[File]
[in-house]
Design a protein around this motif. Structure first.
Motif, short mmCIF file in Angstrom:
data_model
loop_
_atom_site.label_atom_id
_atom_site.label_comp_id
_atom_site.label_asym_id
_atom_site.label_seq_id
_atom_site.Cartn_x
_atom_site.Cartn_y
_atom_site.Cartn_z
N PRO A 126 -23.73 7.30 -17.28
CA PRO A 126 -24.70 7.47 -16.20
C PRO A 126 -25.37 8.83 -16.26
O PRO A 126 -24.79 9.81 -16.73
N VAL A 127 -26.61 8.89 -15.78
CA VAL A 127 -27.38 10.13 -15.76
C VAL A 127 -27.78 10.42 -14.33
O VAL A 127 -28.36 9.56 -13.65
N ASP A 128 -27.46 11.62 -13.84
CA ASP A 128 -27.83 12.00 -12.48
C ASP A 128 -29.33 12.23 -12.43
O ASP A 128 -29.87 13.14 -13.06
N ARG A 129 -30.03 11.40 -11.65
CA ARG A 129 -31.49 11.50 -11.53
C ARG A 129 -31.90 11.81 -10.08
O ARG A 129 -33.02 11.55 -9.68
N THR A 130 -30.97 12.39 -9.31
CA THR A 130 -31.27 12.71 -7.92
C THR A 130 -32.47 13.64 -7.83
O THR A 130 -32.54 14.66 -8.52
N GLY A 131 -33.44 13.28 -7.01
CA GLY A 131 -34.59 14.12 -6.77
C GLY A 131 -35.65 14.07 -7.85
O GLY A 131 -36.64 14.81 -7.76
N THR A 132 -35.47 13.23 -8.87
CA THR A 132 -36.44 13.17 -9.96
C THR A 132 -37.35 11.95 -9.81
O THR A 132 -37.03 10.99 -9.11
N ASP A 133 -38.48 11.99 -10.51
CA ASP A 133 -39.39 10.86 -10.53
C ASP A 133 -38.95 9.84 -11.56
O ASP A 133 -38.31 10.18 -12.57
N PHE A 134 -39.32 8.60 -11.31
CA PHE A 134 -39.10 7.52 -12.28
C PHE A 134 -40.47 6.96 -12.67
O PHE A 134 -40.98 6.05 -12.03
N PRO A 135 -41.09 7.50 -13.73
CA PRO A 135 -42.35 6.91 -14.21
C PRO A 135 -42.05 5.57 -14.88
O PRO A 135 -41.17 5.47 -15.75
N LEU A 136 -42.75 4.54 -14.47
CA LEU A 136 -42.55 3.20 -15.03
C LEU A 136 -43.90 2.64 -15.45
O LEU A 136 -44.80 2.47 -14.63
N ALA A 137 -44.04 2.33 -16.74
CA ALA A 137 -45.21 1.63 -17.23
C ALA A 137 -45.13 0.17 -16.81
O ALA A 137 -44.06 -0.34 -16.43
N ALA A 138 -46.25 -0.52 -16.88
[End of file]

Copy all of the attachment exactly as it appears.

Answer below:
[in-house]
Design a protein around this motif. Structure first.
Motif, short mmCIF file in Angstrom:
data_model
loop_
_atom_site.label_atom_id
_atom_site.label_comp_id
_atom_site.label_asym_id
_atom_site.label_seq_id
_atom_site.Cartn_x
_atom_site.Cartn_y
_atom_site.Cartn_z
N PRO A 126 -23.73 7.30 -17.28
CA PRO A 126 -24.70 7.47 -16.20
C PRO A 126 -25.37 8.83 -16.26
O PRO A 126 -24.79 9.81 -16.73
N VAL A 127 -26.61 8.89 -15.78
CA VAL A 127 -27.38 10.13 -15.76
C VAL A 127 -27.78 10.42 -14.33
O VAL A 127 -28.36 9.56 -13.65
N ASP A 128 -27.46 11.62 -13.84
CA ASP A 128 -27.83 12.00 -12.48
C ASP A 128 -29.33 12.23 -12.43
O ASP A 128 -29.87 13.14 -13.06
N ARG A 129 -30.03 11.40 -11.65
CA ARG A 129 -31.49 11.50 -11.53
C ARG A 129 -31.90 11.81 -10.08
O ARG A 129 -33.02 11.55 -9.68
N THR A 130 -30.97 12.39 -9.31
CA THR A 130 -31.27 12.71 -7.92
C THR A 130 -32.47 13.64 -7.83
O THR A 130 -32.54 14.66 -8.52
N GLY A 131 -33.44 13.28 -7.01
CA GLY A 131 -34.59 14.12 -6.77
C GLY A 131 -35.65 14.07 -7.85
O GLY A 131 -36.64 14.81 -7.76
N THR A 132 -35.47 13.23 -8.87
CA THR A 132 -36.44 13.17 -9.96
C THR A 132 -37.35 11.95 -9.81
O THR A 132 -37.03 10.99 -9.11
N ASP A 133 -38.48 11.99 -10.51
CA ASP A 133 -39.39 10.86 -10.53
C ASP A 133 -38.95 9.84 -11.56
O ASP A 133 -38.31 10.18 -12.57
N PHE A 134 -39.32 8.60 -11.31
CA PHE A 134 -39.10 7.52 -12.28
C PHE A 134 -40.47 6.96 -12.67
O PHE A 134 -40.98 6.05 -12.03
N PRO A 135 -41.09 7.50 -13.73
CA PRO A 135 -42.35 6.91 -14.21
C PRO A 135 -42.05 5.57 -14.88
O PRO A 135 -41.17 5.47 -15.75
N LEU A 136 -42.75 4.54 -14.47
CA LEU A 136 -42.55 3.20 -15.03
C LEU A 136 -43.90 2.64 -15.45
O LEU A 136 -44.80 2.47 -14.63
N ALA A 137 -44.04 2.33 -16.74
CA ALA A 137 -45.21 1.63 -17.23
C ALA A 137 -45.13 0.17 -16.81
O ALA A 137 -44.06 -0.34 -16.43
N ALA A 138 -46.25 -0.52 -16.88